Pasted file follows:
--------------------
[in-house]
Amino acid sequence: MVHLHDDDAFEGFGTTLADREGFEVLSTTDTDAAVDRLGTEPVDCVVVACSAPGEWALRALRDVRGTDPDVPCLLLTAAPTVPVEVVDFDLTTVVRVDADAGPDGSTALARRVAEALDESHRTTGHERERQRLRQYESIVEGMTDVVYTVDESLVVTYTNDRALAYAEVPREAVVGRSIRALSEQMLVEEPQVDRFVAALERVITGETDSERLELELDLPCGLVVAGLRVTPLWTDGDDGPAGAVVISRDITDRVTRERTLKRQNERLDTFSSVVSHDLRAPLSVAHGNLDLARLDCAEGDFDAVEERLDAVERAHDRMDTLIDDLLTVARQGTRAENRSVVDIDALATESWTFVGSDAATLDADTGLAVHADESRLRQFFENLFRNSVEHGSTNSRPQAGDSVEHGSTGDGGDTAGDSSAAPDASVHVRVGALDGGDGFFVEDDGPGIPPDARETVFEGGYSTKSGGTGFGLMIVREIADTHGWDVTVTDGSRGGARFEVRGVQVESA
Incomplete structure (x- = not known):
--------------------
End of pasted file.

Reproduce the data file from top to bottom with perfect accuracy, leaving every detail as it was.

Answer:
[in-house]
Amino acid sequence: MVHLHDDDAFEGFGTTLADREGFEVLSTTDTDAAVDRLGTEPVDCVVVACSAPGEWALRALRDVRGTDPDVPCLLLTAAPTVPVEVVDFDLTTVVRVDADAGPDGSTALARRVAEALDESHRTTGHERERQRLRQYESIVEGMTDVVYTVDESLVVTYTNDRALAYAEVPREAVVGRSIRALSEQMLVEEPQVDRFVAALERVITGETDSERLELELDLPCGLVVAGLRVTPLWTDGDDGPAGAVVISRDITDRVTRERTLKRQNERLDTFSSVVSHDLRAPLSVAHGNLDLARLDCAEGDFDAVEERLDAVERAHDRMDTLIDDLLTVARQGTRAENRSVVDIDALATESWTFVGSDAATLDADTGLAVHADESRLRQFFENLFRNSVEHGSTNSRPQAGDSVEHGSTGDGGDTAGDSSAAPDASVHVRVGALDGGDGFFVEDDGPGIPPDARETVFEGGYSTKSGGTGFGLMIVREIADTHGWDVTVTDGSRGGARFEVRGVQVESA
Incomplete structure (x- = not known):